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New test for American citizenship test tougher, with political tilt, say immigration experts

3 min read
Immigration Support

The US Citizenship and Immigration Services (USCIS), has revised its civics test (US Citizenship test), a compulsory requirement for the individuals who need to become American citizens.

As per the USCIS, candidates who apply for citizenship on or after 1st December 2020, will take the updated oral version of the test. The immigration organization expresses that the revised test includes more inquiries. That test the candidate’s understanding of US history and civics, in accordance with the legal necessities. Also, covers a variety of topics that give the candidate more opportunities to find out about the US as a part of the test preparation process. A few immigration experts are of the view that the test is harder and has political hues.

Indian-born people are typically the second biggest group to be granted US citizenship. During the twelve-month period finished September 30, 2019, 61,843 Indians were granted US citizenship. Which constituted 7.5% of the total number of new residents during the period. In the earlier year, 52,194 Indians (which was 6.85% of the total new residents) had procured American citizenship.

The revised test won’t change the passing score, which will stay at 60%. Applicants must answer 12 questions accurately, out of 20 in order to pass. In this unique situation, Doug Rand, co-founder, Boundless Immigration, a technology company in the immigration space, has tweeted, “Cursorily, the 60% threshold for right answers is the equivalent. In any case, considering the new 128 (more complicated) questions will be harder than studying the old 100 (more direct) questions. What’s more, scoring 12 out of 20 will be harder than scoring 6 out of 10.”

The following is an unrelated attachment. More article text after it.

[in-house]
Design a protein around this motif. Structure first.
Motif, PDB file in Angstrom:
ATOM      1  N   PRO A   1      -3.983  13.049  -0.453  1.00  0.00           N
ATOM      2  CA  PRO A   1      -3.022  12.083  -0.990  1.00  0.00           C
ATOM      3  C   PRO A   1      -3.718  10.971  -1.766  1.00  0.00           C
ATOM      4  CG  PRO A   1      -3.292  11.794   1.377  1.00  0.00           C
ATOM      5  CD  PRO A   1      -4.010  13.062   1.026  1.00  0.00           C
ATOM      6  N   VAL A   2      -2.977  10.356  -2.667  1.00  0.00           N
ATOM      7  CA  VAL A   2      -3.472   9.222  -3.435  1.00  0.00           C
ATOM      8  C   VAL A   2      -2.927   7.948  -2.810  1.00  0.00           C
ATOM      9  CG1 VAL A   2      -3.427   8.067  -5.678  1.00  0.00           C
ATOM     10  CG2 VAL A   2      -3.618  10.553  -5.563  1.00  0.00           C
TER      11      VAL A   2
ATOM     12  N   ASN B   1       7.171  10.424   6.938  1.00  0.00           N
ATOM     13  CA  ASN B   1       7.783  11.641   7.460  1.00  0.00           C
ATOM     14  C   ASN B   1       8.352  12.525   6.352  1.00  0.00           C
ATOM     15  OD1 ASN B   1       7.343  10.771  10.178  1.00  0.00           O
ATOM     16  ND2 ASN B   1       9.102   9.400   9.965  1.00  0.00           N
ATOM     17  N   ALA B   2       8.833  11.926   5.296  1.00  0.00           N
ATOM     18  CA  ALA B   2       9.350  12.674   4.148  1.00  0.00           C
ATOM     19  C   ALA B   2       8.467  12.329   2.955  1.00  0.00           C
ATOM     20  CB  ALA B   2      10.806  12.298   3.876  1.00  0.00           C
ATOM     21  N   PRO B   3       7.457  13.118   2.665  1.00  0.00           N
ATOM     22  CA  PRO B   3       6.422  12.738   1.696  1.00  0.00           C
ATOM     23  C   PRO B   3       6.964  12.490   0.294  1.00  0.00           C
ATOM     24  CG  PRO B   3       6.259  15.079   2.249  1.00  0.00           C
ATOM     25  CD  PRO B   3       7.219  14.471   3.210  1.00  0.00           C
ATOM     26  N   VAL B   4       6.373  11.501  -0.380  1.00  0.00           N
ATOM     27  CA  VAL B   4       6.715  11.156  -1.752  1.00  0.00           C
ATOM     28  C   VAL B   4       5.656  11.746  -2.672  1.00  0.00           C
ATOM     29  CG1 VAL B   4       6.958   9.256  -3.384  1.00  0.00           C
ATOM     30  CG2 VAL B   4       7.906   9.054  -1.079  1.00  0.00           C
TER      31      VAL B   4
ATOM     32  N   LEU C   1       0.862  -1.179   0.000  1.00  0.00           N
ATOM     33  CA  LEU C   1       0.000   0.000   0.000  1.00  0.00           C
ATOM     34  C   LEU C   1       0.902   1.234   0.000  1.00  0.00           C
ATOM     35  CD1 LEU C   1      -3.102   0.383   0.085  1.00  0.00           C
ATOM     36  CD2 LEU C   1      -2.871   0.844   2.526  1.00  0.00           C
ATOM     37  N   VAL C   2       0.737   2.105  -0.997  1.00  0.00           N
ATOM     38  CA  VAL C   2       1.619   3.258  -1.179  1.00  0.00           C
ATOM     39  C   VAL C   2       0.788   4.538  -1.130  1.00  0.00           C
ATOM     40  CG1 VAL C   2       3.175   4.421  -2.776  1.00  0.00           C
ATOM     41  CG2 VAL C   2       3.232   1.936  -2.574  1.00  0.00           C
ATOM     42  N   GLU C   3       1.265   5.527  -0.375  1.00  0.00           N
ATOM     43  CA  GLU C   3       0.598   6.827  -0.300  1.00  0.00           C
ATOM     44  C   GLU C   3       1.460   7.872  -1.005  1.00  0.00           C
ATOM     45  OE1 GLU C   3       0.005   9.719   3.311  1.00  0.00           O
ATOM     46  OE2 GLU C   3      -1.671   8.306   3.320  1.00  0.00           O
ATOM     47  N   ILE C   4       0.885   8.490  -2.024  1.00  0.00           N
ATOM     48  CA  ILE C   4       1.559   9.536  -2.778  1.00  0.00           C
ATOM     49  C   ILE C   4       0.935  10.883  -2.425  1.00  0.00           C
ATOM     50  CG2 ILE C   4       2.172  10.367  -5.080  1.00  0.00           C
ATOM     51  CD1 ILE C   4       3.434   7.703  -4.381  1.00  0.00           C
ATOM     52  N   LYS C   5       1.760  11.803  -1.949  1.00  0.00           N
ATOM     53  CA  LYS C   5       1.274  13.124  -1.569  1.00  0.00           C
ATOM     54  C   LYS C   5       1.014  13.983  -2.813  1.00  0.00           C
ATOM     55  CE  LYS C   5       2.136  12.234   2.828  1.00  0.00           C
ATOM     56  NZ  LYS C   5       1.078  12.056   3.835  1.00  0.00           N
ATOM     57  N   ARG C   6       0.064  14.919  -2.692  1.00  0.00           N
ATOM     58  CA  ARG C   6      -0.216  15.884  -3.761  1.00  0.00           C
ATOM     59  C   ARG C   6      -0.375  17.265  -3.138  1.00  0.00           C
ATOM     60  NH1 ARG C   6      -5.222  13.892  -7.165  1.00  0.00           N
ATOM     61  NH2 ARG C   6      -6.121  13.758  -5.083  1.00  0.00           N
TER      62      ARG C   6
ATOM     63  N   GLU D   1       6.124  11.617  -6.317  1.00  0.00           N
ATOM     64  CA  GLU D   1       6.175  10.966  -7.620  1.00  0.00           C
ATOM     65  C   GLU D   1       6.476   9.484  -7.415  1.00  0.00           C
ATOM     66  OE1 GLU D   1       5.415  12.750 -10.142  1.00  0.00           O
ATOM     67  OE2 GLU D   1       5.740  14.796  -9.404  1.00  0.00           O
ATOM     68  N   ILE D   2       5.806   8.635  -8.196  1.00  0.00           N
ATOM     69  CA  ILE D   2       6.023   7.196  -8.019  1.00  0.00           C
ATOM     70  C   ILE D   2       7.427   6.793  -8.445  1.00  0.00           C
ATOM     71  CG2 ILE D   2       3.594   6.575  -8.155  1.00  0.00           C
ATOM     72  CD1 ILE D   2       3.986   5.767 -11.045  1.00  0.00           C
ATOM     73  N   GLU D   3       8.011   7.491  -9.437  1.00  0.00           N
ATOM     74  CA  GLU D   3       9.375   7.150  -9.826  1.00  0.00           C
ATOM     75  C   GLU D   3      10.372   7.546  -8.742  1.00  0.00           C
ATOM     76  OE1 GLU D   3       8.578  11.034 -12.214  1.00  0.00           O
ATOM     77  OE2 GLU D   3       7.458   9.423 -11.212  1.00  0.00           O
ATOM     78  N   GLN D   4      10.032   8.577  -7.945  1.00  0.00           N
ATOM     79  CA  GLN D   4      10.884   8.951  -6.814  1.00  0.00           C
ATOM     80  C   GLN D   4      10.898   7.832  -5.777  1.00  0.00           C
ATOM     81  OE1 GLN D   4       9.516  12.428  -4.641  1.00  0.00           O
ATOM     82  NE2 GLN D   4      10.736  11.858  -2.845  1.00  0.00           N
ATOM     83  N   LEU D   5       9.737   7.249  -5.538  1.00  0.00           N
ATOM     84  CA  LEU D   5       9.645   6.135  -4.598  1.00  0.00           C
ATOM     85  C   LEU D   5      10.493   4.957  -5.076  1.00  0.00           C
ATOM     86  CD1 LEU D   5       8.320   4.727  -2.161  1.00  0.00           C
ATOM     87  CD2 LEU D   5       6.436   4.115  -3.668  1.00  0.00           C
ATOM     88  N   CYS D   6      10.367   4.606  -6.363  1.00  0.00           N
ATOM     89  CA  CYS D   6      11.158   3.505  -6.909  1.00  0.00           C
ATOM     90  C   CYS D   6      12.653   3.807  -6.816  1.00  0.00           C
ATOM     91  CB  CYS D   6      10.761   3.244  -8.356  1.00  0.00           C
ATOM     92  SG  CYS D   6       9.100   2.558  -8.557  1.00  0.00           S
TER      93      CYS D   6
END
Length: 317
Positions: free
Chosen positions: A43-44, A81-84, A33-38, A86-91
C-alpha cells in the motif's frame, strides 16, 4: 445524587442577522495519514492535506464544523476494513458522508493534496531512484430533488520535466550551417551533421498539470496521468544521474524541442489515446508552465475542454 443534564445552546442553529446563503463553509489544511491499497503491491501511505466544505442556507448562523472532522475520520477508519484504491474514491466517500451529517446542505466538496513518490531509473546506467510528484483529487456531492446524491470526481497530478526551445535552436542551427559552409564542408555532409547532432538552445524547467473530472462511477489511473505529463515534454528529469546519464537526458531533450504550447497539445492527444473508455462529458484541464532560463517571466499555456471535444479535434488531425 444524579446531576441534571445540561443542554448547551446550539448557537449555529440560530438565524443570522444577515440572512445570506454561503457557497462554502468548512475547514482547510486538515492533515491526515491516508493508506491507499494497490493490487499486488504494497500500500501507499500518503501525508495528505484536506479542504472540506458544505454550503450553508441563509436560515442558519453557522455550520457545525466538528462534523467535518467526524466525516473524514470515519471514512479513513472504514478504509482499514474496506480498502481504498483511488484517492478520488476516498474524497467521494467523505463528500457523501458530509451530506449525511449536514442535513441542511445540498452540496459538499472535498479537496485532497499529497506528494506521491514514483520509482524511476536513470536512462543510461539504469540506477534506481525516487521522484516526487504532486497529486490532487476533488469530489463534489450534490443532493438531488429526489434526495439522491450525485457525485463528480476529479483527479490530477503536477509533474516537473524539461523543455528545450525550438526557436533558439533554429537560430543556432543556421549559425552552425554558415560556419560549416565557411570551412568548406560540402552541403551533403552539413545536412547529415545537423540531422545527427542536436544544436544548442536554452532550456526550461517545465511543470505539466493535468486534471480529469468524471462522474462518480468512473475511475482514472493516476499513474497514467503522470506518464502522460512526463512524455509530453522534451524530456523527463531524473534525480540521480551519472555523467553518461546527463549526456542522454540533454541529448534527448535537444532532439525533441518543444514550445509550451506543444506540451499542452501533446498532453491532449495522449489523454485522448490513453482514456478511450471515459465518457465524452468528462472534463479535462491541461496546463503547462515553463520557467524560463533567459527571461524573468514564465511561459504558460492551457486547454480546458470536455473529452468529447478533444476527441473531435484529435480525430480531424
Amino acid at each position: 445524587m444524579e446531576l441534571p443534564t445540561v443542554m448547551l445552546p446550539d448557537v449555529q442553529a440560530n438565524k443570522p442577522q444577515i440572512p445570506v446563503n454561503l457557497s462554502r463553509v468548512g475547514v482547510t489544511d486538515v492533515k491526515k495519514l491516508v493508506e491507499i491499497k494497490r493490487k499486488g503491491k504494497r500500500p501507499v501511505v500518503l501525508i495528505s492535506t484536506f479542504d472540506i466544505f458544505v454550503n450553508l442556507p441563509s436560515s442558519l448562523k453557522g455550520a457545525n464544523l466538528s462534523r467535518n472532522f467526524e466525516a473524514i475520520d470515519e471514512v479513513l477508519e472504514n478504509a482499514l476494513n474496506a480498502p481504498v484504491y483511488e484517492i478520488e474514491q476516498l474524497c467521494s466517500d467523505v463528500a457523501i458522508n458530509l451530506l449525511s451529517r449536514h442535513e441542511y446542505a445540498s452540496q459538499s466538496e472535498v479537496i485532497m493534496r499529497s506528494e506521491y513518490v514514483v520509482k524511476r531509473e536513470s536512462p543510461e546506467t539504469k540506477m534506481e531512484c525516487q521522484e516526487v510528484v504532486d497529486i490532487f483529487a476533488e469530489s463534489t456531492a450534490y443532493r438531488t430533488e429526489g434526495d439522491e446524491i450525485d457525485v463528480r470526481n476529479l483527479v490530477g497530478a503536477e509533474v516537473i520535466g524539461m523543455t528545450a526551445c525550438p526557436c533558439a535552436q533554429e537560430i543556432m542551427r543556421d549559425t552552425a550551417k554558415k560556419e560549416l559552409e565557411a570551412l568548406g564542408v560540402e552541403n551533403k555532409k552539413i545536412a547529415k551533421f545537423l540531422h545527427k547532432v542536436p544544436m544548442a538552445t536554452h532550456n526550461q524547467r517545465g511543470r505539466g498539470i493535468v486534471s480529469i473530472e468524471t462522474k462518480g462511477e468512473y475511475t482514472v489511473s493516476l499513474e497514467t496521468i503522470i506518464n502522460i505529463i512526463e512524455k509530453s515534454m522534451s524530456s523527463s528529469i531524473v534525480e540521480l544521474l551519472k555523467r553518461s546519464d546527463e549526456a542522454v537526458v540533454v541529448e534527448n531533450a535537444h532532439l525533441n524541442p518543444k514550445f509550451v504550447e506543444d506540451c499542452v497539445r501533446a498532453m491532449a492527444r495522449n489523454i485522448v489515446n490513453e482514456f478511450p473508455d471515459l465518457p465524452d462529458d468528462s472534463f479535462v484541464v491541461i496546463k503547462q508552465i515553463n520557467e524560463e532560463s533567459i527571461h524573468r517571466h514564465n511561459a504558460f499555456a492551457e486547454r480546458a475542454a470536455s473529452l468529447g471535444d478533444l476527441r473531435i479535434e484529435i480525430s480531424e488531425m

US Citizenship Test

He is of the view that the new civics test is unnecessary, ridiculous, overly complex, and shamelessly ideological. “This is an obvious attempt to throw one more obstacle in front of immigrants legally eligible for US citizenship. The Biden government can and should immediately restore the current test,” adds Rand.

Candidates who fail the civics test are afforded another opportunity to take it again during a second appointment.

Aaron Reichlin-Melnick, policy counsel at American Immigration Council, a not-for-profit organization. Agrees that the overall tilt of the new questions is subtly more political than previously.

In a progression of tweets, he gives different illustrations. “Not all the changes are favorable. The response to ‘Who does a US senator/congressperson represent?’ has been changed from ‘all individuals of the state’ to ‘residents of their state.’ That’s a bad change. It’s totally false and Trumpian. The background identifying with this question is that President Trump had sought to exclude undocumented immigrants from the 2020 census count.

[Immigration Law Under Biden – What Changes We Can Expect?]

The current rules continue for candidates who are 65 years old or older and have at least 20 years of lawful permanent resident status. These candidates will be asked 10 questions and must answer at least six questions accurately to pass, clarifies USCIS.

“USCIS has determinedly worked on updating the naturalization (ie: citizenship) test since 2018. Depending on input from experts in the field of adult education to guarantee that this process is reasonable and straightforward,”. Said USCIS Deputy Director for Policy Joseph Edlow. “Naturalization permits immigrants to become fully vested members of American society. With the same rights and responsibilities as residents by birth, and offering a reasonable test. Which gets ready naturalization candidates for these responsibilities, is of utmost importance to our agency.”

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